The new rule also addresses a commonplace issue of classifying a (typical) children’s product that is packaged with an adult product, such as a stuffed animal packaged with a candle. The stuffed animal (but not the candle) is still considered a children’s product and must meet the requirements of the CPSIA, as it is likely that the adult will give the stuffed animal to a child. As adult retailers such as Victoria’s Secret have learned the hard way before the passage of this rule, stuffed animals intended to hold cosmetics and sold at an adult store are still subject to choking hazard rules applied to children’s products and CPSC recalls.
COMMONLY RECOGNIZED BY CONSUMERS—QUERY FEATURES, USES, COSTS, AND PRODUCT INTERACTIONS
The new rule encourages manufacturers to evaluate the actual use and reasonably foreseeable uses of a product to determine how the product will be perceived and used by consumers of that product. Explicitly condoned is reliance on market analyses, focus groups, or other marketing studies for their analyses of the likely ages of consumers of a product.
For manufacturers that choose not to conduct such third party analysis, further guidance is provided on how the CPSC and consumers evaluate age appropriateness. The rule provides features and characteristics of children’s products, including small sizes, exaggerated features, safety features, childish colors or motifs, and any play value that the product might have.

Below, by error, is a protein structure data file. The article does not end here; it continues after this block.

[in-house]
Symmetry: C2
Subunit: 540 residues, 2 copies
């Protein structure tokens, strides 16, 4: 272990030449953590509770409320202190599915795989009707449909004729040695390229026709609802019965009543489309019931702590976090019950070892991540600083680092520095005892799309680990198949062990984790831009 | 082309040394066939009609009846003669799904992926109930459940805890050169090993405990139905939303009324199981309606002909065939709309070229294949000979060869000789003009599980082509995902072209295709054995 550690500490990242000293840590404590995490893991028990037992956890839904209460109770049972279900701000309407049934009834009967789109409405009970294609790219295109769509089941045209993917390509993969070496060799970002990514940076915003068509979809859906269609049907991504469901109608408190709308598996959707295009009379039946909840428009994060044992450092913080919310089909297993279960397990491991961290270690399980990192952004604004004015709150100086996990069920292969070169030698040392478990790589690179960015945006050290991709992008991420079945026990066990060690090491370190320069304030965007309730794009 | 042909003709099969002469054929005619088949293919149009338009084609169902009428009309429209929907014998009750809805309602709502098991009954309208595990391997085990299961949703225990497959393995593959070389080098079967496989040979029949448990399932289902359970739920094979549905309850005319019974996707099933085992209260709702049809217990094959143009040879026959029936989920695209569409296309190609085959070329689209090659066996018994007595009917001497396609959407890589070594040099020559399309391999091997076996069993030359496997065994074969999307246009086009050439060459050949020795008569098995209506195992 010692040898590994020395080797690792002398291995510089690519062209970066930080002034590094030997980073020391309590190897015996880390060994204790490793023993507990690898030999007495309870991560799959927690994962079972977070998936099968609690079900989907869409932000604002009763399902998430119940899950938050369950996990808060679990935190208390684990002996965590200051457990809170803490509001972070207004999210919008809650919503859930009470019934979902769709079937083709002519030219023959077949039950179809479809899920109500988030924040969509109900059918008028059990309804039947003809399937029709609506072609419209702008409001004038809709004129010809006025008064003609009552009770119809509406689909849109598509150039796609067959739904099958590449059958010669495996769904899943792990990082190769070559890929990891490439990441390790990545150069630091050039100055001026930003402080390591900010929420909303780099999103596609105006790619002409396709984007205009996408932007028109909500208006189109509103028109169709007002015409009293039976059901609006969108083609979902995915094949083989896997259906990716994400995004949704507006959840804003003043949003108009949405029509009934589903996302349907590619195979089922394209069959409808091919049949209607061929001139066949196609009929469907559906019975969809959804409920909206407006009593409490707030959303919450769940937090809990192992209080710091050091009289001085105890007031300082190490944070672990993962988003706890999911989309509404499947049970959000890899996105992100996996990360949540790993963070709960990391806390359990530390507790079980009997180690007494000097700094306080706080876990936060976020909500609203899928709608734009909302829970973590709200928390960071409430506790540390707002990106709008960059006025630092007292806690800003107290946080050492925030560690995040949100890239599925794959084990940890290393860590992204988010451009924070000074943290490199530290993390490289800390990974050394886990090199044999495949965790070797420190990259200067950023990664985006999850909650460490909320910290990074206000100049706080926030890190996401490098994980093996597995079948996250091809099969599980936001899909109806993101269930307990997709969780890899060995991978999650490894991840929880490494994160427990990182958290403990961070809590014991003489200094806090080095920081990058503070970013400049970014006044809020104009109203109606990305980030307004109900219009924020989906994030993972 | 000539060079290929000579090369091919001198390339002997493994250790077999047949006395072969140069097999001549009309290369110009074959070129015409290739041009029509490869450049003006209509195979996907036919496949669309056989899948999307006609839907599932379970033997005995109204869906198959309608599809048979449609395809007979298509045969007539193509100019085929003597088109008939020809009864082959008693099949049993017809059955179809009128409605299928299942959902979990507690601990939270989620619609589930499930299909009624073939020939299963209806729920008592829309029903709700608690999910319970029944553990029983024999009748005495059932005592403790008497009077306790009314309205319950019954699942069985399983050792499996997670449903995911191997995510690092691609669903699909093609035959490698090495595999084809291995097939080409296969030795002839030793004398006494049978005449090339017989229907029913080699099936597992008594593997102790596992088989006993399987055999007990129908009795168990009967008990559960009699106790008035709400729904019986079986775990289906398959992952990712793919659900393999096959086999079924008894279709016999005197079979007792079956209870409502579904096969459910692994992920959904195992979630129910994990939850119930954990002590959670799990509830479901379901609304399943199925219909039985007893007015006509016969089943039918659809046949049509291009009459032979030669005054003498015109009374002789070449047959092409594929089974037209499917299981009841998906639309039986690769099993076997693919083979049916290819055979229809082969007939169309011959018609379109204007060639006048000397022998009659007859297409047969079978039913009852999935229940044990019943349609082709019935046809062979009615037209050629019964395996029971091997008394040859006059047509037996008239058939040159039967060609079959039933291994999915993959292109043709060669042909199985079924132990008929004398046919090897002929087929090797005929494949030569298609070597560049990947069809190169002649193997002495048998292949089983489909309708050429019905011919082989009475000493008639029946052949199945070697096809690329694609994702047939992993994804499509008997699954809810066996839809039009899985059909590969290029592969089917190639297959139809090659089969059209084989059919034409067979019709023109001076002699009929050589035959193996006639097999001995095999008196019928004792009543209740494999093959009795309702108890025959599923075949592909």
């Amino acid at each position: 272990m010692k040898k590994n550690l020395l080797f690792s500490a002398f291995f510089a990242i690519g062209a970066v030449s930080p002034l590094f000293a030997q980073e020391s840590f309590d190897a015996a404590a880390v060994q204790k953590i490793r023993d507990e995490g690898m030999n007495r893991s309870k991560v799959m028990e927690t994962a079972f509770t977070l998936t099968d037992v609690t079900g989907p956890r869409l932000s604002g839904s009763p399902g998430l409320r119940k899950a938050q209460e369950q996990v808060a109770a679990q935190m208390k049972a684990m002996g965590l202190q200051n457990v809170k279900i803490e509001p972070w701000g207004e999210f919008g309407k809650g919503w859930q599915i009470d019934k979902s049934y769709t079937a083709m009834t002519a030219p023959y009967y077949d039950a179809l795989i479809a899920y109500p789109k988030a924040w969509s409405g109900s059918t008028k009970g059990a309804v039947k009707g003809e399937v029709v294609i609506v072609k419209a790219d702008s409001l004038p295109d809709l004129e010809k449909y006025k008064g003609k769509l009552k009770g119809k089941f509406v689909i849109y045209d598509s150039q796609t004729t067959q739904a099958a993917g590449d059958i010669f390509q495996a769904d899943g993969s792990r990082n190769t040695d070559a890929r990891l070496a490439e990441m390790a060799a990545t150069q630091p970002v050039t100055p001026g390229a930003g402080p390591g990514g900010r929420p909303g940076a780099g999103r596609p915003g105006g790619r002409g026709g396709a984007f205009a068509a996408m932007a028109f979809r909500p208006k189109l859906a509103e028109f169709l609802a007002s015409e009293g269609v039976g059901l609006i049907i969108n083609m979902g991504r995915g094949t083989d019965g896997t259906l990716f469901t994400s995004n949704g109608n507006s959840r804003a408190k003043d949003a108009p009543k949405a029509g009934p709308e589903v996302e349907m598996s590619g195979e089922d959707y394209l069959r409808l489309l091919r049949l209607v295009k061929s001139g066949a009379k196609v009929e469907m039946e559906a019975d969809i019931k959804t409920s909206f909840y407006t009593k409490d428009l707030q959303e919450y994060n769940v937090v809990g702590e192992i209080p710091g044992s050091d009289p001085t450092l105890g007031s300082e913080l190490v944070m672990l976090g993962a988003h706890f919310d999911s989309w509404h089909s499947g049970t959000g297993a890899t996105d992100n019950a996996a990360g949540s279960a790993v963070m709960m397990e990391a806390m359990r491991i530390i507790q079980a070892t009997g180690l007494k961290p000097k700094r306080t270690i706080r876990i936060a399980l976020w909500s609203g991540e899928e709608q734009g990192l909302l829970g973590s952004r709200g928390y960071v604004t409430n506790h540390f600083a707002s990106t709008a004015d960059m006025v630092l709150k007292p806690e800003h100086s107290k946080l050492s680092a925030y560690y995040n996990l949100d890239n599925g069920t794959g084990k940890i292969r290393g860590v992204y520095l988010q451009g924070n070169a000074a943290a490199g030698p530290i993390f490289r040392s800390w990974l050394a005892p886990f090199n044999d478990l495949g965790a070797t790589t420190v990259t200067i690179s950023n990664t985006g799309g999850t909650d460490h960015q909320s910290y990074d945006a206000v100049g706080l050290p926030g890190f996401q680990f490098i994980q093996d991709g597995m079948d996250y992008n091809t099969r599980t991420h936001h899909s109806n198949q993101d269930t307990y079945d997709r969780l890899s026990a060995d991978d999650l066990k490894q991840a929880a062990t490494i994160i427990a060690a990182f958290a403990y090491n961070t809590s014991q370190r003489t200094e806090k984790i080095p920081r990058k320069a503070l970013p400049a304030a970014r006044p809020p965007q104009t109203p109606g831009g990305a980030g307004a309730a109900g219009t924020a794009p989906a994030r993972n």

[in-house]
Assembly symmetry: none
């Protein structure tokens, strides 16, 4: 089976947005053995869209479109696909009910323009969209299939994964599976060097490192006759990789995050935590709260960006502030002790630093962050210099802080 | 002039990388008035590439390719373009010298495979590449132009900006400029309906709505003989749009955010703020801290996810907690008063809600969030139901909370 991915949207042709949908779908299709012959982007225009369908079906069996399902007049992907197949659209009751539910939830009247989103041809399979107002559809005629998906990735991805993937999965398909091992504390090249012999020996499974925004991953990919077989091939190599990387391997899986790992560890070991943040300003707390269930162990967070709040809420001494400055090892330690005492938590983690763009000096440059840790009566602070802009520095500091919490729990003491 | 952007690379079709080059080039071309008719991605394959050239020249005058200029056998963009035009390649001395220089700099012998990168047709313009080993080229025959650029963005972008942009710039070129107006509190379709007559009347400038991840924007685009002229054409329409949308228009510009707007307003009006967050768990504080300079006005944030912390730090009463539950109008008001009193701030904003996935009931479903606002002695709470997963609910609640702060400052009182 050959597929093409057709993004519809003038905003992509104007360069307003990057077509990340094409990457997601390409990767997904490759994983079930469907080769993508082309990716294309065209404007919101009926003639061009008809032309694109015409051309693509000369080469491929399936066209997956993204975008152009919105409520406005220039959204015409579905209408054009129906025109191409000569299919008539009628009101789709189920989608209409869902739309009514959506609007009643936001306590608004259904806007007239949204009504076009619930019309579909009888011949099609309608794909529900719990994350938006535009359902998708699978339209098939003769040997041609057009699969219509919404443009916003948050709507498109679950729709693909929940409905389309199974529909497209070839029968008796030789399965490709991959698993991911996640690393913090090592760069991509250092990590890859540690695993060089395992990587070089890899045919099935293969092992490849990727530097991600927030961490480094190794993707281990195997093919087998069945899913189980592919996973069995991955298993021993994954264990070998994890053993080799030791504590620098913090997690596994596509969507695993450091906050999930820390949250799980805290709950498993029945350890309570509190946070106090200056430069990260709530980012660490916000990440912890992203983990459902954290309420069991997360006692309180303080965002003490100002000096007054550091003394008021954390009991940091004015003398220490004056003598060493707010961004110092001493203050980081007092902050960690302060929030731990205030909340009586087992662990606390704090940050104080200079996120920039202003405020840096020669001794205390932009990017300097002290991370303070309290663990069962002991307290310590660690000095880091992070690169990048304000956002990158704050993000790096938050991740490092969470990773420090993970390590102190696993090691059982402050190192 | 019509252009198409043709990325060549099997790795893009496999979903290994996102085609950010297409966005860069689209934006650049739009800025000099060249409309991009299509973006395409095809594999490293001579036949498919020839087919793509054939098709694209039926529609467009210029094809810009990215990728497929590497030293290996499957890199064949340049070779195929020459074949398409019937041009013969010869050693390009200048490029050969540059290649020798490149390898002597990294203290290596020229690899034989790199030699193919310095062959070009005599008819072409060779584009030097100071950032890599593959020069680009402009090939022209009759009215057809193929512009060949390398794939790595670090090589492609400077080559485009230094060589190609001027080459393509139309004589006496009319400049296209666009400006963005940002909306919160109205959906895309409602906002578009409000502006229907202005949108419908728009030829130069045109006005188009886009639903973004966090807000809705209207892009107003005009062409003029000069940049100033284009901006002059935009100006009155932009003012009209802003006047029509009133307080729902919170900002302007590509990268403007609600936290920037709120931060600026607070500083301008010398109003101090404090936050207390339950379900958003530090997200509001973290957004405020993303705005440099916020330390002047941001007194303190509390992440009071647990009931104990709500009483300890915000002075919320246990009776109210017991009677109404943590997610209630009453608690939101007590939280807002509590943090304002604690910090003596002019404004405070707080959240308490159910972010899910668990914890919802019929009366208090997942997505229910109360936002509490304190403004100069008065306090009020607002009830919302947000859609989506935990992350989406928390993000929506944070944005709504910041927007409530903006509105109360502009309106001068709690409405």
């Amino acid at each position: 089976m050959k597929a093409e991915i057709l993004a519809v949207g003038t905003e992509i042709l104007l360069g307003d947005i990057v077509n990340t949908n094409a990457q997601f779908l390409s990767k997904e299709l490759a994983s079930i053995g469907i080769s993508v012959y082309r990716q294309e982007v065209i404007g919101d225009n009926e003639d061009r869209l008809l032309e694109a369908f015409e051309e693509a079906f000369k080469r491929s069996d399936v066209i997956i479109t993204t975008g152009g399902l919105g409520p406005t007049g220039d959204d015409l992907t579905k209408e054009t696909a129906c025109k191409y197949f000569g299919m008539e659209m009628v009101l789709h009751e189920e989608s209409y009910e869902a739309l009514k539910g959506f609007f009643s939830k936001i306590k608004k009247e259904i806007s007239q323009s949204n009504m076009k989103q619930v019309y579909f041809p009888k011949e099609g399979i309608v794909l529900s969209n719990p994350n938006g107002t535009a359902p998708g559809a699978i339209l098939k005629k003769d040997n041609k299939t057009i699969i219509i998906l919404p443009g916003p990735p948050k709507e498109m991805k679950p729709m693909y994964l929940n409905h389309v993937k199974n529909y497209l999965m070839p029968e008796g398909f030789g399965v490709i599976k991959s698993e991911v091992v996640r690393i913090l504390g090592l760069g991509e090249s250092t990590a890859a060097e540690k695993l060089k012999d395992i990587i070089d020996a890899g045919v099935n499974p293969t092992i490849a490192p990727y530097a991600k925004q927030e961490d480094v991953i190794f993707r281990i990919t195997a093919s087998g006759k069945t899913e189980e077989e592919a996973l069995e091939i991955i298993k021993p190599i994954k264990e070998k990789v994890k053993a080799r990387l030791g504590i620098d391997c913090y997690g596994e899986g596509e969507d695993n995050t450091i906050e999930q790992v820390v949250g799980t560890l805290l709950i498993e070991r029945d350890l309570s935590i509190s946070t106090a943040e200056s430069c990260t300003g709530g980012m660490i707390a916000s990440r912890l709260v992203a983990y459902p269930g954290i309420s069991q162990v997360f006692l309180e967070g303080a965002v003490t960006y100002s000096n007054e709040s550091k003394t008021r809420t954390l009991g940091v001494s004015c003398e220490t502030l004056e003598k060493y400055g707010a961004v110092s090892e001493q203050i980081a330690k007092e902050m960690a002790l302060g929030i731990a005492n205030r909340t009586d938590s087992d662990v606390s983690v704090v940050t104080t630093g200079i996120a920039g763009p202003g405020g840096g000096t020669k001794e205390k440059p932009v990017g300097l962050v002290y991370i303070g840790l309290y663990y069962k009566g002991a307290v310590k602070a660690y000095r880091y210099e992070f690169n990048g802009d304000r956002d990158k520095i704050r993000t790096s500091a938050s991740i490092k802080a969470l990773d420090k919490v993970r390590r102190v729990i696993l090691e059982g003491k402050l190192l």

If a product does not clearly fall into the children’s or adult category after checking for these features and characteristics, the manufacturer is advised to analyze the product’s reasonably foreseeable uses. However, even if some uses may be appealing to children (such as using a broom as an imagined toy horse), it is the “principal uses” of the product that take precedence in classifying a product (and thus not converting nearly every household item, like a broom, into a children’s product).
Although the new rule does not provide a “price point” delineating children’s and adults’ products, it does advise that within a product category, products intended for adults tend to cost more than products intended for children. An example of using cost to price a product out of the children’s arena is an adult collectible stuffed animal. In addition to other attributes of adult (versus child) collectibles that preclude use by children—such as limited production, fragile features, display features like hooks or pedestals, and marketing outside the children’s market—an adult collectible stuffed animal is often times more expensive than a typical children’s stuffed animal.
AGE DETERMINATION GUIDELINES